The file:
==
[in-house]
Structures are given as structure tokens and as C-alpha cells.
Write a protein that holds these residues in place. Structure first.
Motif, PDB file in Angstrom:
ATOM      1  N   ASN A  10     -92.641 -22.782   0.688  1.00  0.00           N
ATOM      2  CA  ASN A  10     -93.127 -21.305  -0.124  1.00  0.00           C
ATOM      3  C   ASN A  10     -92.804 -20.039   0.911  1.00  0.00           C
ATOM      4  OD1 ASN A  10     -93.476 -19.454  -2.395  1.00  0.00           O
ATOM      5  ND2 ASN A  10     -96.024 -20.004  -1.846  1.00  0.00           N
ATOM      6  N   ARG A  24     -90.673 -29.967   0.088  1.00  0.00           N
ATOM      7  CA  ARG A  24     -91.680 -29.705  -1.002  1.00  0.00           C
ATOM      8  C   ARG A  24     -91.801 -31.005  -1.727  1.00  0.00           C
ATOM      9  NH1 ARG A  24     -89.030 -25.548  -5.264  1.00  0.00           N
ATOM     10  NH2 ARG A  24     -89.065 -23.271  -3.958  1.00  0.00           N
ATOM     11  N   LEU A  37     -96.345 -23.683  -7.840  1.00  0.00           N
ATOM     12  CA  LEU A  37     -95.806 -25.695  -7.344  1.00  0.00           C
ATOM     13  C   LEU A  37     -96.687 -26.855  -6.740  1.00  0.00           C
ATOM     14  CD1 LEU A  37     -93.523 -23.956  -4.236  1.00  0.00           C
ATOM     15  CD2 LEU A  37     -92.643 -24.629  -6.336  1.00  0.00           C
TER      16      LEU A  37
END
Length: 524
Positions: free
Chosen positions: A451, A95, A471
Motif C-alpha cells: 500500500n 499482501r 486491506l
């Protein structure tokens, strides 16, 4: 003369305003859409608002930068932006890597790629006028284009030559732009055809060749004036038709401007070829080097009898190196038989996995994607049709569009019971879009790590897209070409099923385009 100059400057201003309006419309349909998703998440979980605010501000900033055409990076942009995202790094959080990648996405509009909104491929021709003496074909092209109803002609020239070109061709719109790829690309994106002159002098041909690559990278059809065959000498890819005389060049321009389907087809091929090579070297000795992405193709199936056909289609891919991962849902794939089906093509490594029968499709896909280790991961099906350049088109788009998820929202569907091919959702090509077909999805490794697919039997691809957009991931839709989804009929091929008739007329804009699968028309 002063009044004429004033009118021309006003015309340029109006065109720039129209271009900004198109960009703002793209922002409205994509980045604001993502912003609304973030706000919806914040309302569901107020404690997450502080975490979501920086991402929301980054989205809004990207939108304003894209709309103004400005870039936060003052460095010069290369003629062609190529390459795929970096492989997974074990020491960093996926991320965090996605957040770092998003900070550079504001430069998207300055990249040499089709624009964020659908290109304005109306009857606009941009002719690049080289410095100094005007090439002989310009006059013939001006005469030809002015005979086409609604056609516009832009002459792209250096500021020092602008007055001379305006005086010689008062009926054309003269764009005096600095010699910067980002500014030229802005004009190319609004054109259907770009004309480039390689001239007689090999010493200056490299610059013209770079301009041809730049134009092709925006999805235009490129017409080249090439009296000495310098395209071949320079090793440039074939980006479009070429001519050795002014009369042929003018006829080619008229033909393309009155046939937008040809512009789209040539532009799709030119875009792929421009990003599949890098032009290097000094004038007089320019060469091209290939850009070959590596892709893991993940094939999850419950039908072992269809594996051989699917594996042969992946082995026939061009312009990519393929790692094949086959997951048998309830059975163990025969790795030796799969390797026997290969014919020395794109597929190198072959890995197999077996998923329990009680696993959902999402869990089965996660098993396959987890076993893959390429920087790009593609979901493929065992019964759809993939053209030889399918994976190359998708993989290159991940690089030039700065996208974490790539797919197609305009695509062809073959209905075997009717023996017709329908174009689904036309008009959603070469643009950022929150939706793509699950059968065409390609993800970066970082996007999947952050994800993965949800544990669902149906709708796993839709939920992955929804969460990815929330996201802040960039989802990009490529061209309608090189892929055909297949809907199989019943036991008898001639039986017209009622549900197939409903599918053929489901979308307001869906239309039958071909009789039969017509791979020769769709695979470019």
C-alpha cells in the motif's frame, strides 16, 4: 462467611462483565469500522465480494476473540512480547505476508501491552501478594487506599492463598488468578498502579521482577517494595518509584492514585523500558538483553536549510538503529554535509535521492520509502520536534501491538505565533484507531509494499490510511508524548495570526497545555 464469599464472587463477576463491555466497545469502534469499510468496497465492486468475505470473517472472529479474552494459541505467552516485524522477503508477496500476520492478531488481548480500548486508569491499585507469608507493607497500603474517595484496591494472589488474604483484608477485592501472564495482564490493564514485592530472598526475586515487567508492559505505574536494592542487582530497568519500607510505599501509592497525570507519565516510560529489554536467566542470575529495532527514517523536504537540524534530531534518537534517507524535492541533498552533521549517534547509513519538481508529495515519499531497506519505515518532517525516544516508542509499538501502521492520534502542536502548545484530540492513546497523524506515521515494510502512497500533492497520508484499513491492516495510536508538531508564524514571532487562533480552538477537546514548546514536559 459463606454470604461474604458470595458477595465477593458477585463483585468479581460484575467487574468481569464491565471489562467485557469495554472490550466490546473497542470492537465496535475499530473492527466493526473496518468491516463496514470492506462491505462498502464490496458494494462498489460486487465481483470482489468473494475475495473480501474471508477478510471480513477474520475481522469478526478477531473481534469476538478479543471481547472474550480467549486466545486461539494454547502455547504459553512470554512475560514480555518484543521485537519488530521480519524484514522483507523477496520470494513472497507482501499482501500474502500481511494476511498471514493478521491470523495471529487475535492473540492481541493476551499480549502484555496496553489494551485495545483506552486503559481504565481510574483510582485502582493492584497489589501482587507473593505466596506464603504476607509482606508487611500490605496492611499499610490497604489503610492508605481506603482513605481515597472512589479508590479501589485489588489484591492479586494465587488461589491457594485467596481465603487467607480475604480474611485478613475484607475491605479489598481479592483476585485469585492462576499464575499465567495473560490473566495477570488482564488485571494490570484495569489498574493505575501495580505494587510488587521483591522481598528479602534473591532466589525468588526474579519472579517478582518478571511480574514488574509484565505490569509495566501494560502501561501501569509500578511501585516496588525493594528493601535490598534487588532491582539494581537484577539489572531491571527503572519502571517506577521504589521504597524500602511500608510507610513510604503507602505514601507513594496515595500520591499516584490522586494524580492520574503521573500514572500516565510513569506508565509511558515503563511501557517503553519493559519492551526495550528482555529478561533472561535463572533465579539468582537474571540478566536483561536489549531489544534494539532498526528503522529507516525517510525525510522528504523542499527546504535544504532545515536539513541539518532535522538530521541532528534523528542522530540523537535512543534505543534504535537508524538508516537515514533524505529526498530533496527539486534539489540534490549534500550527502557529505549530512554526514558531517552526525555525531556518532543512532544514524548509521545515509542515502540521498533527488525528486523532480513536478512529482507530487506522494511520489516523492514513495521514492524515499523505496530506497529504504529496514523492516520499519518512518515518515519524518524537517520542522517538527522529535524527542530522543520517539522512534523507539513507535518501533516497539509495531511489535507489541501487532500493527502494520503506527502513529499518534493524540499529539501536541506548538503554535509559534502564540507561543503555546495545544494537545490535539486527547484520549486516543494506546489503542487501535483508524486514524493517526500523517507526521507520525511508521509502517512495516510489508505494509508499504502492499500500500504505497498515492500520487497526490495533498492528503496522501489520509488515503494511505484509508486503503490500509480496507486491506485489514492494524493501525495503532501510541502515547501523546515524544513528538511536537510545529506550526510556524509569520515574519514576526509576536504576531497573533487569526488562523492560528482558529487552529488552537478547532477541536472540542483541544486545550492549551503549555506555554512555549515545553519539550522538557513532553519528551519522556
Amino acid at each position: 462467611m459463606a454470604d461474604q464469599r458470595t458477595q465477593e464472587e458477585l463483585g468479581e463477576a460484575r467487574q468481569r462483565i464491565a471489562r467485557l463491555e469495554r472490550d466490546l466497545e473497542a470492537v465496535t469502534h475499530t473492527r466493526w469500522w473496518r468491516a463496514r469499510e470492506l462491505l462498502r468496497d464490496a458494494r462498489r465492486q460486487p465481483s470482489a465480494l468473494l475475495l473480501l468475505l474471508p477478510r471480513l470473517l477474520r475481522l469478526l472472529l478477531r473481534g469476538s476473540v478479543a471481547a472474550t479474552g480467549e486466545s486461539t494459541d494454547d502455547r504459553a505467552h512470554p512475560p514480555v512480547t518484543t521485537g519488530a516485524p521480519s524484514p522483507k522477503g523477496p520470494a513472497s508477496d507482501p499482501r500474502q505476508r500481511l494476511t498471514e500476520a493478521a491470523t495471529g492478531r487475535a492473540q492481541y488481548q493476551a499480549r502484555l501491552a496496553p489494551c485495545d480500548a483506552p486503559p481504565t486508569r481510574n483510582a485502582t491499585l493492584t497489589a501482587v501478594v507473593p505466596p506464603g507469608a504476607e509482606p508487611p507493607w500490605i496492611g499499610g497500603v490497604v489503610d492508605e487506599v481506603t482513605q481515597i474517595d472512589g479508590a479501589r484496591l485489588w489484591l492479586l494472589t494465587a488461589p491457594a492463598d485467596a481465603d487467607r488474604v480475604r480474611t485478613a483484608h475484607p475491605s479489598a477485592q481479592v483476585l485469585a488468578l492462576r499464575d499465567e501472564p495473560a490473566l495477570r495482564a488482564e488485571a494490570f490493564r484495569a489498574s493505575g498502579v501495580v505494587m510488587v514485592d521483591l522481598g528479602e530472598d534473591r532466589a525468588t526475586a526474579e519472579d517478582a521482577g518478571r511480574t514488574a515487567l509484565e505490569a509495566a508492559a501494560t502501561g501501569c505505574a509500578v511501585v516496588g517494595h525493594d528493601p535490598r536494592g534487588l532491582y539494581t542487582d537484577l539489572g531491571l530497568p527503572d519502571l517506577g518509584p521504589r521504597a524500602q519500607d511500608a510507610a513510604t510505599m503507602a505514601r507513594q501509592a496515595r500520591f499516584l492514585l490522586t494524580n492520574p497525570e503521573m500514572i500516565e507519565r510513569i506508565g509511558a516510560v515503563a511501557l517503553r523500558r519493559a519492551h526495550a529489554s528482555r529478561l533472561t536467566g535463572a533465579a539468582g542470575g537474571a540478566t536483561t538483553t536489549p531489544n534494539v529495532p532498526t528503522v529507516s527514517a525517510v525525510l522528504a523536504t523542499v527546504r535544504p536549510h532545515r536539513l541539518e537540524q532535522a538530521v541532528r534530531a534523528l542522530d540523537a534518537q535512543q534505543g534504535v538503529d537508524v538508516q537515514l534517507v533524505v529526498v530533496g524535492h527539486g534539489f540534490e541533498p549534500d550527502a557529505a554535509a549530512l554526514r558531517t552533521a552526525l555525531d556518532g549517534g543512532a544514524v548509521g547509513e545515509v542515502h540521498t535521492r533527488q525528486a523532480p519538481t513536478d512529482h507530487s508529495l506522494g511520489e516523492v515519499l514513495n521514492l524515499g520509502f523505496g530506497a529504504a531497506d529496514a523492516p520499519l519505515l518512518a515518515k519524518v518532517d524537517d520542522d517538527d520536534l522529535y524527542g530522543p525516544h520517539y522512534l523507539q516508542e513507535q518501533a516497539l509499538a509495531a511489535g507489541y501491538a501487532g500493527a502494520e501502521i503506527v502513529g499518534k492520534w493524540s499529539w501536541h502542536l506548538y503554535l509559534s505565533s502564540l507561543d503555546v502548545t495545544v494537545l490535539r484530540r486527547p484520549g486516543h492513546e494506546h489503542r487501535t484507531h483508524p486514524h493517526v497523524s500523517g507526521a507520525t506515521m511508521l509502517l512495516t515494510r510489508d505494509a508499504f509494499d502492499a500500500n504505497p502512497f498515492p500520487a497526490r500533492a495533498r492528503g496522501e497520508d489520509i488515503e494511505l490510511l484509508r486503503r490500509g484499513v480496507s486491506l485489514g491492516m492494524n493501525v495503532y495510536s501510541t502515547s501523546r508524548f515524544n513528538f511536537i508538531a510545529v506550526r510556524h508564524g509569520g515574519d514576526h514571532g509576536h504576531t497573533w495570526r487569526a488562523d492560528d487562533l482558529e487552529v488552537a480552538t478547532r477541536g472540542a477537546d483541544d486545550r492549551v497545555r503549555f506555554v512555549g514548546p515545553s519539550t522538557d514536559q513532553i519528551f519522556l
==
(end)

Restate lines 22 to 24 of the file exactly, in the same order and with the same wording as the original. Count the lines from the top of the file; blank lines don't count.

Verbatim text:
Length: 524
Positions: free
Chosen positions: A451, A95, A471